Mike Scott's 1968 442 W30 Holiday Coupe
For those of you that were fortunate enough to have attended the Oldsmobile Club of America's '98 National Meet, in Springfield, IL, you may remember seeing this beautiful example of Old's finest from 1968: the 442 W-30 Holiday Coupe VIN #34487M368799
Production Numbers .1968 was a milestone year in the high performance era for Oldsmobile. In it's 5th year, the 442 became a car in it's own right, upgraded to a full fledged series, and no longer just an option on the Cutlass/F-85 intermediates. As well, '68 marked a major body redesign, moving away from the earlier trend of boxier body shells to a more rounded streamlined look. The style proved most popular with Olds selling over 560,000 Cutlass variants, including over 36,000, 442's in various body styles that year. The W-30 has always been a low production offering, and in '68 the total of all 3 body styles, Holiday and Post Coupes, and Convertible amounted to a mere 1,911. Of that grouping, the most popular was the Holiday Coupe @ 1,426, and the 4-Speed was heavily favored over automatics @ 1,111. Mine is 1 of those 1,111 cars built that year.
Force-Air 442 Performance Option
From the Olds Sales Literature circa 1968 .
"Air intakes looking out from under the front bumper identify this option. They scoop in cool outside air to boost the power of the 400-cu-in. engine to 360 HP. In addition to Force Air Induction, special high-output cams, selected low-friction engine fits, large intake valves and special axle ratio are part and parcel of this power pack. Wide vertical Rally Stripes (W-36) on the front fenders help identify the W-30 option. Anti-Spin Rear Axle (G-80), Heavy Duty Radiator (VO-1), Close Ratio 4-Speed Floor Shift Transmission (M-21), or Turbo Hydra-Matic (M-40), are required with the option to assure the utmost in performance and durability."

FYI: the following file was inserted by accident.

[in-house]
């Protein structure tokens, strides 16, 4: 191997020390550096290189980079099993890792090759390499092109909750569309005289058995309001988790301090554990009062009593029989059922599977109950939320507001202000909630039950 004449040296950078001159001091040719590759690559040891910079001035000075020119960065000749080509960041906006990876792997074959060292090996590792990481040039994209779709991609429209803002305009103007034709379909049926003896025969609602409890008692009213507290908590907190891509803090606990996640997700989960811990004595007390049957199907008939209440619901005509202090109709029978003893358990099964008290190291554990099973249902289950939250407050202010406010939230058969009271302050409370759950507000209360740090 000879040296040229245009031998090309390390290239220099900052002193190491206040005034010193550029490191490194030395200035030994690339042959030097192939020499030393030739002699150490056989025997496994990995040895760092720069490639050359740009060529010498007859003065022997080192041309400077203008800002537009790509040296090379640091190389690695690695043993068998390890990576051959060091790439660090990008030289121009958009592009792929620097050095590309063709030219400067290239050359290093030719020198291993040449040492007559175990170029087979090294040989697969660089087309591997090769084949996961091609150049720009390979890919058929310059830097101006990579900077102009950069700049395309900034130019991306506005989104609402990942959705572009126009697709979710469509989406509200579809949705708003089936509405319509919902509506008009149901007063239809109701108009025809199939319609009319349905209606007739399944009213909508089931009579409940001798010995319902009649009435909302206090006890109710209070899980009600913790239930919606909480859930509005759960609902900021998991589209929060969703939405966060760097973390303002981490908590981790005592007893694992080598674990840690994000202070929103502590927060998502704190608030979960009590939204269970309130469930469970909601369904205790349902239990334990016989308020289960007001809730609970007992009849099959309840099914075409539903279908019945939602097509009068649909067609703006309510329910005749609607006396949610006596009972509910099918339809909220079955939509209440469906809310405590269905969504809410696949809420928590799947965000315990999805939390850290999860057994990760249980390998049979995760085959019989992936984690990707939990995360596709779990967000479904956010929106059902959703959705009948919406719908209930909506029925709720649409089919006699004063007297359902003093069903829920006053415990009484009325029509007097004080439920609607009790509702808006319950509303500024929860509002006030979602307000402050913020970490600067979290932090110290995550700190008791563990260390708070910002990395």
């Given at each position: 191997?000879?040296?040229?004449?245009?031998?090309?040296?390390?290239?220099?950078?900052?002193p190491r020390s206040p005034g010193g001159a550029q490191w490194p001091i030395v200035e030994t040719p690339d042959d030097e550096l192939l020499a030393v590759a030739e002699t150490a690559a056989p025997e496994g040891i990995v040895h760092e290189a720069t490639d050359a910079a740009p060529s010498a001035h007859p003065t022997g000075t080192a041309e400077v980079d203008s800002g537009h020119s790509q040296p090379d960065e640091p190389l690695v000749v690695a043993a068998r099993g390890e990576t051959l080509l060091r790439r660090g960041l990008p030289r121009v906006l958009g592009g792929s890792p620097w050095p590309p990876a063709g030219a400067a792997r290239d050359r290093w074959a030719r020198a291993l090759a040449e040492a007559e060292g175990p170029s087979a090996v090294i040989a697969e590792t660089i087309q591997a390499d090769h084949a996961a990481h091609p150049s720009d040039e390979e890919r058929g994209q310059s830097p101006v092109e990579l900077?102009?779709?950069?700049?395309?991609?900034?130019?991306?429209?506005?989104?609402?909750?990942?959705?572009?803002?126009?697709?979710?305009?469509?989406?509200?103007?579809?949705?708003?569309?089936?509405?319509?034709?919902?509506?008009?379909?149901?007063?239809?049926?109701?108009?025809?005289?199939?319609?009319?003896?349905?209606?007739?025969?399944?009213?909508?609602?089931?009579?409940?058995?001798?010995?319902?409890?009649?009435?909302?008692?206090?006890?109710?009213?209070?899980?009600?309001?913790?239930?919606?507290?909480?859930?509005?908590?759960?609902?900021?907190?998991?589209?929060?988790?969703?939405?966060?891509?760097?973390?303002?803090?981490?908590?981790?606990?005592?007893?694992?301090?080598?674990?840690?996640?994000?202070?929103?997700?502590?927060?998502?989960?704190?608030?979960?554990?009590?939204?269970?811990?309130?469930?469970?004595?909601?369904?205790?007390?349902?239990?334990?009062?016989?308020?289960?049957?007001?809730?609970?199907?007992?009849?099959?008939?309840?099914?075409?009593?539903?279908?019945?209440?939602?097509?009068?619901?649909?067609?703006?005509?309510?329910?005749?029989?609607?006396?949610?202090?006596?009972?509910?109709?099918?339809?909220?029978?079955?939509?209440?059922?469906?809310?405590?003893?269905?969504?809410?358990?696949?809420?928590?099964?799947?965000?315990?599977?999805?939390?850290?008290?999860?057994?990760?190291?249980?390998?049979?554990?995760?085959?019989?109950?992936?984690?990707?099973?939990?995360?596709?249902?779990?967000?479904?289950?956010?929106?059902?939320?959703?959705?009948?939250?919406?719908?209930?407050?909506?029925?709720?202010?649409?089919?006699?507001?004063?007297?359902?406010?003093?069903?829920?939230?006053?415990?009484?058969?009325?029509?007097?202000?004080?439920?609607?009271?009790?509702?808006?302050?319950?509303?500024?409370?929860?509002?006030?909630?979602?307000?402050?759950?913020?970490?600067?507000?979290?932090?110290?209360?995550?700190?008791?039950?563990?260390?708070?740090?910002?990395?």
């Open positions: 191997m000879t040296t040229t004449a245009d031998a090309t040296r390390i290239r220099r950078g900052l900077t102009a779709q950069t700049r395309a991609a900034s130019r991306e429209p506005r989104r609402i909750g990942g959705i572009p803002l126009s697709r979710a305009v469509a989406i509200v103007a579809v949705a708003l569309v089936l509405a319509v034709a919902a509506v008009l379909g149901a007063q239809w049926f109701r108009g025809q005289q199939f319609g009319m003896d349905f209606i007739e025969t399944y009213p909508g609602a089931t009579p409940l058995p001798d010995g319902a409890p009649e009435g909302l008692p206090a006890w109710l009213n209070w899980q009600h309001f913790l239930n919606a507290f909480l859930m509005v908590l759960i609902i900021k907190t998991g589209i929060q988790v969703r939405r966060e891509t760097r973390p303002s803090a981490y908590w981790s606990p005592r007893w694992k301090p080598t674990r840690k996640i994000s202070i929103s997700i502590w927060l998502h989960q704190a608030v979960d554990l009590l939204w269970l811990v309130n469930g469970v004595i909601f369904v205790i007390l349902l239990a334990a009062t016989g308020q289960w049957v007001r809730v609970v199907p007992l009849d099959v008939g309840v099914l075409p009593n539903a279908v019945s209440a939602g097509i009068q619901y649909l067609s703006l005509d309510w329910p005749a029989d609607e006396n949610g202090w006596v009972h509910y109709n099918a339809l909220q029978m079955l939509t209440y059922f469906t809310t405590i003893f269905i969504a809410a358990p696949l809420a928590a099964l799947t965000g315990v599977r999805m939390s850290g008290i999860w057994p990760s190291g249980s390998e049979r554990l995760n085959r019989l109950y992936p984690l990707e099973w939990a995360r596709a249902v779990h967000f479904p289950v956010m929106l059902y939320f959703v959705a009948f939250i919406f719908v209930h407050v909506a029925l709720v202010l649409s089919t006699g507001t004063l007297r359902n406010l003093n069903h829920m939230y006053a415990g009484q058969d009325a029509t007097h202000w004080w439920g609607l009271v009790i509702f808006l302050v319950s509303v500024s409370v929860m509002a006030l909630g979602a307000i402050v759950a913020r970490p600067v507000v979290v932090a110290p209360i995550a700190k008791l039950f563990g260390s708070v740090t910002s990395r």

More on W-30s, 442s, and Our Car .In addition, the Force Air package specified special parts including "D" cast heads, carburetor, water pump, distributor, and red plastic inner fender wells. Interestingly enough, all W-30s haled from the Lansing, Michigan plant, and must have an "M" in the VIN. As well, the 4-speed cam profile was so radical that it would not provide the vacuum necessary to operate a power brake booster, thus all stick cars came with manual brakes. Finally, A/C was not available if you opted for the Muncie transmission. Keeping with the factory stocker profile, the W cars came with lighter weight and reduced sound deadening to save a few pounds.
The balance of the standard 442 performance package items were also included such as specific dual exhaust manifolds (X and W or Y), coupled to dual aluminum pipes (N-10), exiting rear bumper cut-outs via chromed trumpet exhaust tips. Of course, the now famous Rally Sport Suspension (FE-1, later FE-2) was included with heavy-duty front and rear sway bars and boxed lower rear control arms. Back in '64, Oldsmobile was first to introduce the notion of a rear anti-sway bar, soon to be copied by the GTO crowd and many others.
Our car also has the following additional options:
Power Steering (N-40)
Rocket Rally Pack (U-21)
Sport Console (D-55)
Custom Sport Wood Rimmed Steering Wheel (N-34)
3.91:1 Heavy Duty Rear End Gears (G-88, with the G-80 mandatory anti-spin axle)
SSII Wheels (N-66 14x6, painted correct argent gray)
Superlift Rear Air Shocks (G-66)
Deluxe Lap and Shoulder Seat Belts (AK-1)